Whether you keep your own books or hire someone to do it for you, keeping track of your business income and expenses is a significant aspect of your job as a business owner. The type of records you keep depends on the type of business you own. If you are selling a product, lease office space, and deal with vendors, suppliers and individual customers, your system will be more in-depth than someone who works from a home office selling editing services, for example.
Any recordkeeping system should clearly show your income and expenses. Keep accurate records in ledgers and journals to show a summary of your business transactions. Your books must show your gross income, as well as your deductions and credits. For most small businesses, this information is reflected in the business checkbook.
As a business owner, you should keep the records of any transactions that generate supporting documents, such as sales slips, paid bills, invoices, receipts, deposit slips, and canceled checks. These documents support the entries you make in your books and on your tax return. Organizing your files by year and type of expense should keep your documents orderly and easy to access if and when you need them. The IRS offers detailed information to help new business owners keep accurate records.
Some of the records you should keep include:
These are any income you receive from your business. Documents show the amounts and sources of your gross receipts, and include cash register tapes, bank deposit slips, receipt books, invoices, credit card charge slips, and forms 1099-MISC.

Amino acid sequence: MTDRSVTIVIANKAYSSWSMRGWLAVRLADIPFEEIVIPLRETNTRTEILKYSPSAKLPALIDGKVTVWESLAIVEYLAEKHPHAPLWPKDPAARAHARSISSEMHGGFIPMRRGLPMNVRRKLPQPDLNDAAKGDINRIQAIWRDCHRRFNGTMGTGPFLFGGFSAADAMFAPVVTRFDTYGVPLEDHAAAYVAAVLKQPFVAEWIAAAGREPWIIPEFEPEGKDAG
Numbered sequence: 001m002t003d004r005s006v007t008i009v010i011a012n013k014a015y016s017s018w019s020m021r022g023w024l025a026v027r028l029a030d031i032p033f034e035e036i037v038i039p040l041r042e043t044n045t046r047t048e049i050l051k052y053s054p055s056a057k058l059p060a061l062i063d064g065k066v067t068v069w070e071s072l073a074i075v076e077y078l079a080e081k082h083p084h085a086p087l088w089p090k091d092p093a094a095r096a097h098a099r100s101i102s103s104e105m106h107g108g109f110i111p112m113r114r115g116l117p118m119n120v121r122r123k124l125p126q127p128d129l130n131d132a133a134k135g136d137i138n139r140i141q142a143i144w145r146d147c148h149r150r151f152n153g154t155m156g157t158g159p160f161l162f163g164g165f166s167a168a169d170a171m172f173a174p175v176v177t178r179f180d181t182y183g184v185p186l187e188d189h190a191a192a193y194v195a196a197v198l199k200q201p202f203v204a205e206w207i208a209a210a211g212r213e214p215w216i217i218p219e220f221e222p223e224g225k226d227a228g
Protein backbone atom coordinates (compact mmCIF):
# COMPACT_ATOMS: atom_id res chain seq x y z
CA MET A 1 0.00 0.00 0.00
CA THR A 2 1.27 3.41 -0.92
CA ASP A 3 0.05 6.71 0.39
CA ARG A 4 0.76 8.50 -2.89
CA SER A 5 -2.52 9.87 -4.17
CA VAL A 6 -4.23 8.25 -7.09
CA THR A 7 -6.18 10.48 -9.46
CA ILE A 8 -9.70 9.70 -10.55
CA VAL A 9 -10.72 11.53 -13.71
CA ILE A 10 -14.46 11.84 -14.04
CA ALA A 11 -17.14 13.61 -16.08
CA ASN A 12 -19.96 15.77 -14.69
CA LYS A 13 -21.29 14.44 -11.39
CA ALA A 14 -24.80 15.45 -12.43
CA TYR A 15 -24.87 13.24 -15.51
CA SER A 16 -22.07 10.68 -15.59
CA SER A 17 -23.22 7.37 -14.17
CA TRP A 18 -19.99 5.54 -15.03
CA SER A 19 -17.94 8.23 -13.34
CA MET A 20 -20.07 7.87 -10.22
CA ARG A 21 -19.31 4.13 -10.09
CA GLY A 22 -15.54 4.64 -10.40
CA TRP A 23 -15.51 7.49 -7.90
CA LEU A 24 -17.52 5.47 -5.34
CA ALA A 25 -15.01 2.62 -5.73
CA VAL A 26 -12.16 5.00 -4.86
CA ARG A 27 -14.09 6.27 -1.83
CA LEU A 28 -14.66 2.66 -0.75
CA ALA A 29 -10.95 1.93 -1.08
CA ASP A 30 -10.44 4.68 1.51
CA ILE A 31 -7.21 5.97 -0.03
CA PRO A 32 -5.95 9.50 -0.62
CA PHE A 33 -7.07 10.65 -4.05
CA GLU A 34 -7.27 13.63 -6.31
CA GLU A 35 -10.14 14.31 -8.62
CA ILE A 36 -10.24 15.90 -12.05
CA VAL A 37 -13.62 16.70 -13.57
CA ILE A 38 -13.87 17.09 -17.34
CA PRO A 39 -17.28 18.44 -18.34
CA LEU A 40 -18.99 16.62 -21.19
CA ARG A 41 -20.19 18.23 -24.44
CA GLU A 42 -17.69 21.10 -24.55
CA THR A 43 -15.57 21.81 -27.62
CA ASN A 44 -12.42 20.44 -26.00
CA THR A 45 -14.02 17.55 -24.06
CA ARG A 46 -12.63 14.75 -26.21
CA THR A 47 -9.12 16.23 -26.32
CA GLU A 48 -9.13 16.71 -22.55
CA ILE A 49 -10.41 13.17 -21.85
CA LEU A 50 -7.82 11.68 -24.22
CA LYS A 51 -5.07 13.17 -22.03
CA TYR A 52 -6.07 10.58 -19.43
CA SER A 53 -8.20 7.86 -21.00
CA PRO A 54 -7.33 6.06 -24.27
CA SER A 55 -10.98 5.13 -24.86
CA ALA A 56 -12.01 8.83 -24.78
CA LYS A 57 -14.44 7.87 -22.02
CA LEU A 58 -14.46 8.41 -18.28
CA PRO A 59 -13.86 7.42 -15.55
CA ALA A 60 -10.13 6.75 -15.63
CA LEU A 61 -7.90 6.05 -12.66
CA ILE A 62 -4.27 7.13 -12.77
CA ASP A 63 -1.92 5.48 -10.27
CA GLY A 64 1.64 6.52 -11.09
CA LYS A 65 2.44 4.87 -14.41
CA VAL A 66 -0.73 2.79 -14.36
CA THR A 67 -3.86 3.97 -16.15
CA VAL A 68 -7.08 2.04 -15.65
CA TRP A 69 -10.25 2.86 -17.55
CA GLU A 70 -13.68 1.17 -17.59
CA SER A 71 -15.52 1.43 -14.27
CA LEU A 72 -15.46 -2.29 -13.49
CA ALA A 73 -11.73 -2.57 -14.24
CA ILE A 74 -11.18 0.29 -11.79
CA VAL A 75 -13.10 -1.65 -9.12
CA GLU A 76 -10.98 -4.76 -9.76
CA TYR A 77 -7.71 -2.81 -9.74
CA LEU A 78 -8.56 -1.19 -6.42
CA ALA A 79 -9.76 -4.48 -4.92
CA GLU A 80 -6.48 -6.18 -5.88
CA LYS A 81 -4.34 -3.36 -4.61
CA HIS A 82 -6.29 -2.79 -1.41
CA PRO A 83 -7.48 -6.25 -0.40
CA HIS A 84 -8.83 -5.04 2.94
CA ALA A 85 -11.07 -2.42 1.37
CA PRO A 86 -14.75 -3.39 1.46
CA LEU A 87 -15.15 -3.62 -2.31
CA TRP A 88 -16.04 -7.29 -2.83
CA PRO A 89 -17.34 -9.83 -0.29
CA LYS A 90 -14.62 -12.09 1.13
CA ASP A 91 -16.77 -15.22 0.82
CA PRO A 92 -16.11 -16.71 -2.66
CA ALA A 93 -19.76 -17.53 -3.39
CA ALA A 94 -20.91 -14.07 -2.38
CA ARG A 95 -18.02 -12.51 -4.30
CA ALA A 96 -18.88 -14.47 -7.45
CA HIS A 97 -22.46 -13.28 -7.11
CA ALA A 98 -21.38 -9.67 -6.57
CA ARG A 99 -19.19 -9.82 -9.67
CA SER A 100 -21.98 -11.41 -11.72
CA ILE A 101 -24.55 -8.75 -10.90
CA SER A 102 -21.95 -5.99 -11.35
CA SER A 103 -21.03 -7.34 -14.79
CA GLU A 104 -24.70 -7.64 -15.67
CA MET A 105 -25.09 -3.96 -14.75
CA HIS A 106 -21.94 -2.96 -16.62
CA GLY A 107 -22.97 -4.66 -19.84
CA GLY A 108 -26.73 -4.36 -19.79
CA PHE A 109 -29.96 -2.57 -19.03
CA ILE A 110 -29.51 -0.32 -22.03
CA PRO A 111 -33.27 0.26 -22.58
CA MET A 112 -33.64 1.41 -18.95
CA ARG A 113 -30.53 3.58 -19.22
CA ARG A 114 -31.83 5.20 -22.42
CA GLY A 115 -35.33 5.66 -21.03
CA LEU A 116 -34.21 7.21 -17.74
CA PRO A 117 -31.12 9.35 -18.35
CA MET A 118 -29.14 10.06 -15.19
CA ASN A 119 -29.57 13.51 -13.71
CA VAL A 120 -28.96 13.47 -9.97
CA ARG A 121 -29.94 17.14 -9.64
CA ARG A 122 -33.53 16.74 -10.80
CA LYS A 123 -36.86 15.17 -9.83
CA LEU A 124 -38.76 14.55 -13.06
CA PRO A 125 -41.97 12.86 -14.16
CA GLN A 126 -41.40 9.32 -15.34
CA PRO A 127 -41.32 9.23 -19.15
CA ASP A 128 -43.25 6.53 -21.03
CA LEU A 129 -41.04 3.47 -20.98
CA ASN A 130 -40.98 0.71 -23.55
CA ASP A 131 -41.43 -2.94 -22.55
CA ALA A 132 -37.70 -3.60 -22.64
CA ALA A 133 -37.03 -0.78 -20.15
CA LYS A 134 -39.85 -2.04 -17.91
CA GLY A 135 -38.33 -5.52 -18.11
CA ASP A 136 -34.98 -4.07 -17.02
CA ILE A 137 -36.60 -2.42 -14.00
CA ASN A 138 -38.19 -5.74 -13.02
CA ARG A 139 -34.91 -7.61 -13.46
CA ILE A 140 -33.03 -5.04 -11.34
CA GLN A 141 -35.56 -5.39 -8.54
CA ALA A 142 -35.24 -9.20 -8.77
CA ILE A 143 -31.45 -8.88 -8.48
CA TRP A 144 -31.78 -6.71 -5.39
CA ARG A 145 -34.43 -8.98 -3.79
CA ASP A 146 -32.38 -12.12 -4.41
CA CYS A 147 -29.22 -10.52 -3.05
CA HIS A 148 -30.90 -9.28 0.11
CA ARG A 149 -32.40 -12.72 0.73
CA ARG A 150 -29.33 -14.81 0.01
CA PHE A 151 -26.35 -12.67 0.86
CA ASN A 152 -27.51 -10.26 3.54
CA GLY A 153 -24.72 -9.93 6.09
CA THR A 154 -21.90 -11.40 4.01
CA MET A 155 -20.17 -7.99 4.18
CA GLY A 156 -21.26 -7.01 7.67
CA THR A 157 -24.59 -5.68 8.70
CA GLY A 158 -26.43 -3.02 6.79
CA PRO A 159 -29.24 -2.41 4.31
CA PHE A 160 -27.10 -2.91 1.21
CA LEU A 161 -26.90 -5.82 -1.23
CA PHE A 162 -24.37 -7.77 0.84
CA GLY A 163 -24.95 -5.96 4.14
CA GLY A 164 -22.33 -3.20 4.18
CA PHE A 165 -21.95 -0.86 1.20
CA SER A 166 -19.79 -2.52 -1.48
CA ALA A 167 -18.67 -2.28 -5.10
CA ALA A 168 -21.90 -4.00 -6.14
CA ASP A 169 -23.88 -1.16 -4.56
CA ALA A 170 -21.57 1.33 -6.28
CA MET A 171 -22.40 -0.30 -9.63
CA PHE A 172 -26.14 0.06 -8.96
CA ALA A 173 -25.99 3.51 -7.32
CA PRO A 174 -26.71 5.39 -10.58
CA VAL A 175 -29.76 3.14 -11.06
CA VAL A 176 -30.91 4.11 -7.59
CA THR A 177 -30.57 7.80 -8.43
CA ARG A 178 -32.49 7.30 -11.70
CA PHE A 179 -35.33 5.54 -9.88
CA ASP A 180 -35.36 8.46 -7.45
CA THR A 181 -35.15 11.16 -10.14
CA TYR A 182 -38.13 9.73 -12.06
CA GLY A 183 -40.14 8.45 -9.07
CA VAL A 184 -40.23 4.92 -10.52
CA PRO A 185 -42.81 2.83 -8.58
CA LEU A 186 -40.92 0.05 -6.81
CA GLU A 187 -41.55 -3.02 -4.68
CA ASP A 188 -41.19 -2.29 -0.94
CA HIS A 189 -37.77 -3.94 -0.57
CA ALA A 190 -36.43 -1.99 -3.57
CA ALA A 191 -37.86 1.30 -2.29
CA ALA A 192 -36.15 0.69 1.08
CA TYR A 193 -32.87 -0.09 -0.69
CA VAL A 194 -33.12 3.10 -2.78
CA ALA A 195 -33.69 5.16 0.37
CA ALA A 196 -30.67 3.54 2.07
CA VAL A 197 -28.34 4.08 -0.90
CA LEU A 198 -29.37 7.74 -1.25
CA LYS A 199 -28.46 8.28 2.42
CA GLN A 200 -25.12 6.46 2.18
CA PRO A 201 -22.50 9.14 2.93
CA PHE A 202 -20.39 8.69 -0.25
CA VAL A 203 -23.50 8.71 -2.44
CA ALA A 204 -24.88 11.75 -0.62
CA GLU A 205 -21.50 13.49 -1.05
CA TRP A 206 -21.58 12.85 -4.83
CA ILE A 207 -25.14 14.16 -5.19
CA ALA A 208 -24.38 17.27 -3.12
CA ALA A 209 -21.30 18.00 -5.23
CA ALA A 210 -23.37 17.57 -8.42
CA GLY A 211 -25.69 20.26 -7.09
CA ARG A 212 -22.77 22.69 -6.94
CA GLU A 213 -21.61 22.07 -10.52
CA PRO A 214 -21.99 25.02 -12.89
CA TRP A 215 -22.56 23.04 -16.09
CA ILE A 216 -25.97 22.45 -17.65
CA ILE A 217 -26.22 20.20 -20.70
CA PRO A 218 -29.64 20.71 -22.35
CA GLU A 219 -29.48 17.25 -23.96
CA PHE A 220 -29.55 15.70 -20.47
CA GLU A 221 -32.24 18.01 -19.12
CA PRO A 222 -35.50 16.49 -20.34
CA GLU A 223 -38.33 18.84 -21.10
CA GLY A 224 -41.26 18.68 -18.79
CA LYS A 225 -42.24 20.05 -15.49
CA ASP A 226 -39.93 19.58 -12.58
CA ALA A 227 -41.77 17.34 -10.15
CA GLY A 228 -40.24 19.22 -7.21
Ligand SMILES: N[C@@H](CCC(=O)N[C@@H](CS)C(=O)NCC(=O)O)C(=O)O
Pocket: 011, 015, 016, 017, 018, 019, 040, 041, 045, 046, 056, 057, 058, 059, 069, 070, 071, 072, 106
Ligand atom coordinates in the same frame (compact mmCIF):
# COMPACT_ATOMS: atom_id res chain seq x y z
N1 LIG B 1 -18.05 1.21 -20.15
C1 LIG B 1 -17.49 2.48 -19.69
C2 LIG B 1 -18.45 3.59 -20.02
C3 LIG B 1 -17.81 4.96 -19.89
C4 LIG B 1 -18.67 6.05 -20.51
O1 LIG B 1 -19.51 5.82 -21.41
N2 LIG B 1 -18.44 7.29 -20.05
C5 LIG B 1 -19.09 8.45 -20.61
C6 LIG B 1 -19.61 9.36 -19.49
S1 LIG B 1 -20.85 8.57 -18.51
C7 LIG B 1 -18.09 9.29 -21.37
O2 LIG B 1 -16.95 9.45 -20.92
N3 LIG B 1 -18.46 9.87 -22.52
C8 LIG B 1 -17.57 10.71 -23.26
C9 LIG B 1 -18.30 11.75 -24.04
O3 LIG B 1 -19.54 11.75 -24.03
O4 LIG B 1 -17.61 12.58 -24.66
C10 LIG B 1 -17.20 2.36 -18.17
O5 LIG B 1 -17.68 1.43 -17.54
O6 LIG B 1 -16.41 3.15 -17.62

These are items you buy and resell to customers. For a manufacturer or producer, this includes the cost of all raw materials or parts purchased. Supporting documents that indicate the amount paid and that the amount was for purchases include canceled checks, cash register tape receipts, credit card sales slips and invoices.
These are the other costs you incur to carry on your business, excluding purchases. Show the amount paid and indicate the document is a business expense. Documents for expenses include canceled checks, cash register tapes, account statements, credit card sales slips, invoices and petty cash slips for small cash payments
Travel, Transportation, Entertainment, and Gift Expenses
Be able to substantiate these as elements of your business expenses. For additional information on how to prove certain business expenses, refer to Publication 463, Travel, Entertainment, Gift, and Car Expenses.
These are resources, such as machinery and furniture, which you own and use in your business. Your records must verify certain information about your business assets and are needed to compute the annual depreciation, and the gain or loss, when you sell the assets. Your documents for assets include purchase and sales invoices, real estate closing statements and canceled checks. Documentation should contain when and how you acquired the assets, purchase price, cost of any improvements, Section 179 deduction taken, deductions taken for depreciation, deductions taken for casualty losses, such as losses resulting from fires or storms, how you used the asset, when and how you disposed of the asset, selling price and expenses of sale.
Keep all records of employment for at least four years.